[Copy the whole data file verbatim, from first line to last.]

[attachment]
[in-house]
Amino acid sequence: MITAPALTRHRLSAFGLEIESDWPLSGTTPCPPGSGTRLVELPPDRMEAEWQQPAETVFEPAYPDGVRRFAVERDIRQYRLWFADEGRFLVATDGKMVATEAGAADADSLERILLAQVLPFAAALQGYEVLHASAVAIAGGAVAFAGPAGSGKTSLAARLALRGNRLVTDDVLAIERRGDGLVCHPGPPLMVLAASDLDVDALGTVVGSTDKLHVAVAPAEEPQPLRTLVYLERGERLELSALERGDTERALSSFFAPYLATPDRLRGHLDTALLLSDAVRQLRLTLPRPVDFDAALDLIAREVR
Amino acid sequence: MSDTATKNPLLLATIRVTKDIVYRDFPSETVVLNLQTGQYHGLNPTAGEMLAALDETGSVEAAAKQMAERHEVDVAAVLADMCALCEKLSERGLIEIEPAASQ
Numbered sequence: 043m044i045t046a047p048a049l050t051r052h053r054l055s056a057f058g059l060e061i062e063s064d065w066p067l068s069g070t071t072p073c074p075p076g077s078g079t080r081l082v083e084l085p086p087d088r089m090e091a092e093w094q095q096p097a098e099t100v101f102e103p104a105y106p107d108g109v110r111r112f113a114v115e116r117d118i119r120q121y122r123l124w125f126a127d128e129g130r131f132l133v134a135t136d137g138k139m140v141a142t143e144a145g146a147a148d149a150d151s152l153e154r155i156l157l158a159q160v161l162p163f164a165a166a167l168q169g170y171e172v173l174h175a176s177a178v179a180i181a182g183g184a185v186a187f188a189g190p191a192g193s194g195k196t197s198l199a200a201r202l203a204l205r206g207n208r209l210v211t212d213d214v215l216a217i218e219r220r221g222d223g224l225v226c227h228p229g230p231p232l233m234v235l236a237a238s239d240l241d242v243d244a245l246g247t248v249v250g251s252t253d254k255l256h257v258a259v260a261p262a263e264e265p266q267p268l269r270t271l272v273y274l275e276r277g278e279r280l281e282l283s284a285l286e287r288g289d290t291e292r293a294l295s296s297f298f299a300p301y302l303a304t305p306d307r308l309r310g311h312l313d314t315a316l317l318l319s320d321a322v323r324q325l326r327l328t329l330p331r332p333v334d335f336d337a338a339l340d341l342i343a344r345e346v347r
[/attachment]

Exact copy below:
[in-house]
Amino acid sequence: MITAPALTRHRLSAFGLEIESDWPLSGTTPCPPGSGTRLVELPPDRMEAEWQQPAETVFEPAYPDGVRRFAVERDIRQYRLWFADEGRFLVATDGKMVATEAGAADADSLERILLAQVLPFAAALQGYEVLHASAVAIAGGAVAFAGPAGSGKTSLAARLALRGNRLVTDDVLAIERRGDGLVCHPGPPLMVLAASDLDVDALGTVVGSTDKLHVAVAPAEEPQPLRTLVYLERGERLELSALERGDTERALSSFFAPYLATPDRLRGHLDTALLLSDAVRQLRLTLPRPVDFDAALDLIAREVR
Amino acid sequence: MSDTATKNPLLLATIRVTKDIVYRDFPSETVVLNLQTGQYHGLNPTAGEMLAALDETGSVEAAAKQMAERHEVDVAAVLADMCALCEKLSERGLIEIEPAASQ
Numbered sequence: 043m044i045t046a047p048a049l050t051r052h053r054l055s056a057f058g059l060e061i062e063s064d065w066p067l068s069g070t071t072p073c074p075p076g077s078g079t080r081l082v083e084l085p086p087d088r089m090e091a092e093w094q095q096p097a098e099t100v101f102e103p104a105y106p107d108g109v110r111r112f113a114v115e116r117d118i119r120q121y122r123l124w125f126a127d128e129g130r131f132l133v134a135t136d137g138k139m140v141a142t143e144a145g146a147a148d149a150d151s152l153e154r155i156l157l158a159q160v161l162p163f164a165a166a167l168q169g170y171e172v173l174h175a176s177a178v179a180i181a182g183g184a185v186a187f188a189g190p191a192g193s194g195k196t197s198l199a200a201r202l203a204l205r206g207n208r209l210v211t212d213d214v215l216a217i218e219r220r221g222d223g224l225v226c227h228p229g230p231p232l233m234v235l236a237a238s239d240l241d242v243d244a245l246g247t248v249v250g251s252t253d254k255l256h257v258a259v260a261p262a263e264e265p266q267p268l269r270t271l272v273y274l275e276r277g278e279r280l281e282l283s284a285l286e287r288g289d290t291e292r293a294l295s296s297f298f299a300p301y302l303a304t305p306d307r308l309r310g311h312l313d314t315a316l317l318l319s320d321a322v323r324q325l326r327l328t329l330p331r332p333v334d335f336d337a338a339l340d341l342i343a344r345e346v347r